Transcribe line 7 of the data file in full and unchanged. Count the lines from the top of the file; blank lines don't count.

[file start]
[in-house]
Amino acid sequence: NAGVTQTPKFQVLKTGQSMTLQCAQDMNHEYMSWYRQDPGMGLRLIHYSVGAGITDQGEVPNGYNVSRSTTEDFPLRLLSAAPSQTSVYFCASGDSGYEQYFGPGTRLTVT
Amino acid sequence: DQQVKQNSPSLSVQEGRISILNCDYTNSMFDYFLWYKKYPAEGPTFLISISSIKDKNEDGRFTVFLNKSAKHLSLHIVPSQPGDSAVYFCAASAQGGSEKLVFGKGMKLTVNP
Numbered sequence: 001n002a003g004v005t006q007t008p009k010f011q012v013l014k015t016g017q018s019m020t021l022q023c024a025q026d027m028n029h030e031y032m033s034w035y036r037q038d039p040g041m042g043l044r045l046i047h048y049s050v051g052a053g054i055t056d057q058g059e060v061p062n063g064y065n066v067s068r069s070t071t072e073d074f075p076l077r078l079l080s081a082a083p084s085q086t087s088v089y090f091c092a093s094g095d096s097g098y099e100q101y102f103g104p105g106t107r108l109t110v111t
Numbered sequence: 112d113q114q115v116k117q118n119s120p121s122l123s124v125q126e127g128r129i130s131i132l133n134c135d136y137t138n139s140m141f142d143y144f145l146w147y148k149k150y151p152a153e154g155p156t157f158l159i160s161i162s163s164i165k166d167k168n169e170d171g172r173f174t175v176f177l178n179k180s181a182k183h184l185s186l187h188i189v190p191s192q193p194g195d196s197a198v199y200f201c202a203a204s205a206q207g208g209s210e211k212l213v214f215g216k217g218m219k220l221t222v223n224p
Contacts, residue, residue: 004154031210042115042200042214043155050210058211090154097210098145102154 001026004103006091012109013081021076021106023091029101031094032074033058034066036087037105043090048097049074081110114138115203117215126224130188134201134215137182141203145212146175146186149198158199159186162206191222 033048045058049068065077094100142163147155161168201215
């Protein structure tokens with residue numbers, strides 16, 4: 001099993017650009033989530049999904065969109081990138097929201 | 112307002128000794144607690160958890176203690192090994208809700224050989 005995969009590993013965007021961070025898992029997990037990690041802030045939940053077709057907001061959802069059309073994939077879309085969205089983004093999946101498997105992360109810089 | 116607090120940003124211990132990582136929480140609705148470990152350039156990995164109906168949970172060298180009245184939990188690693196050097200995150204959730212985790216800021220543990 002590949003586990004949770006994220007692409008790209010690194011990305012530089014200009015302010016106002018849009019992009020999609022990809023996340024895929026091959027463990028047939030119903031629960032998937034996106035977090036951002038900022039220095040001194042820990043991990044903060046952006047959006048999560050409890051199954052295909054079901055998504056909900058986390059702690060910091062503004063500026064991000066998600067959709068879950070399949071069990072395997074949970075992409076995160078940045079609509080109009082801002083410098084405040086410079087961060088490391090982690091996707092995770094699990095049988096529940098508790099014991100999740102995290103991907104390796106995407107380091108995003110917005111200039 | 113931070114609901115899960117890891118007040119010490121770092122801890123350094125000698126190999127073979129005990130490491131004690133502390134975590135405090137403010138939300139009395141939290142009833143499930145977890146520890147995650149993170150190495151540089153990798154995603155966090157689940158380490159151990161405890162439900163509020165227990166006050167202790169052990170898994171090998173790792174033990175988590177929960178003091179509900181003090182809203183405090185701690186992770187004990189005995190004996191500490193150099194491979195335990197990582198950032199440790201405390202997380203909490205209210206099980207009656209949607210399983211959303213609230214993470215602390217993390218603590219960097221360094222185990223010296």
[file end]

């Protein structure tokens with residue numbers, strides 16, 4: 001099993017650009033989530049999904065969109081990138097929201 | 112307002128000794144607690160958890176203690192090994208809700224050989 005995969009590993013965007021961070025898992029997990037990690041802030045939940053077709057907001061959802069059309073994939077879309085969205089983004093999946101498997105992360109810089 | 116607090120940003124211990132990582136929480140609705148470990152350039156990995164109906168949970172060298180009245184939990188690693196050097200995150204959730212985790216800021220543990 002590949003586990004949770006994220007692409008790209010690194011990305012530089014200009015302010016106002018849009019992009020999609022990809023996340024895929026091959027463990028047939030119903031629960032998937034996106035977090036951002038900022039220095040001194042820990043991990044903060046952006047959006048999560050409890051199954052295909054079901055998504056909900058986390059702690060910091062503004063500026064991000066998600067959709068879950070399949071069990072395997074949970075992409076995160078940045079609509080109009082801002083410098084405040086410079087961060088490391090982690091996707092995770094699990095049988096529940098508790099014991100999740102995290103991907104390796106995407107380091108995003110917005111200039 | 113931070114609901115899960117890891118007040119010490121770092122801890123350094125000698126190999127073979129005990130490491131004690133502390134975590135405090137403010138939300139009395141939290142009833143499930145977890146520890147995650149993170150190495151540089153990798154995603155966090157689940158380490159151990161405890162439900163509020165227990166006050167202790169052990170898994171090998173790792174033990175988590177929960178003091179509900181003090182809203183405090185701690186992770187004990189005995190004996191500490193150099194491979195335990197990582198950032199440790201405390202997380203909490205209210206099980207009656209949607210399983211959303213609230214993470215602390217993390218603590219960097221360094222185990223010296």